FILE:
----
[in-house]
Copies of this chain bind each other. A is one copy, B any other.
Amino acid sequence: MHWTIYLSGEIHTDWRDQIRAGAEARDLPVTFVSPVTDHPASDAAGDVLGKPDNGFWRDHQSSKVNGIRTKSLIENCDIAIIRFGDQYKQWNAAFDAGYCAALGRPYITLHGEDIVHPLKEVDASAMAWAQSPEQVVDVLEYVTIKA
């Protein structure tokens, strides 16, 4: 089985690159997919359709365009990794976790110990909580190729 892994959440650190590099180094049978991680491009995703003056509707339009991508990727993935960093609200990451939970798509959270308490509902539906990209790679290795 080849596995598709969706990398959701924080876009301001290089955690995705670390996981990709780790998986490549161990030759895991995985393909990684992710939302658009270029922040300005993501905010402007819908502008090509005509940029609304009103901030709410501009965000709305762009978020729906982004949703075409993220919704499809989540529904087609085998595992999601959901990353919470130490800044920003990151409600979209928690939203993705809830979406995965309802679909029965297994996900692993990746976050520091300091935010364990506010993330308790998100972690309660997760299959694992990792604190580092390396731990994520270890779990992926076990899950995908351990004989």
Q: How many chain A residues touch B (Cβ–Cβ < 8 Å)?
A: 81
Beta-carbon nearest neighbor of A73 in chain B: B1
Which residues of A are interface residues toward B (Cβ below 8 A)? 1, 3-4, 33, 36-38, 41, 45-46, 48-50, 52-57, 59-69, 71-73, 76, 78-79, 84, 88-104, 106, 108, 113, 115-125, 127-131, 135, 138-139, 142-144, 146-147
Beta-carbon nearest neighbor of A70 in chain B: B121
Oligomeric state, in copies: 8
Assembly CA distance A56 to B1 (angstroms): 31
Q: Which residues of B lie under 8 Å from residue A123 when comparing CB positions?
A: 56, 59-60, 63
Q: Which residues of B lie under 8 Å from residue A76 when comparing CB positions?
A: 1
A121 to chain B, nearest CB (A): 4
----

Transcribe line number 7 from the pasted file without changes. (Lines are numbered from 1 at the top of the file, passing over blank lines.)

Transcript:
Beta-carbon nearest neighbor of A73 in chain B: B1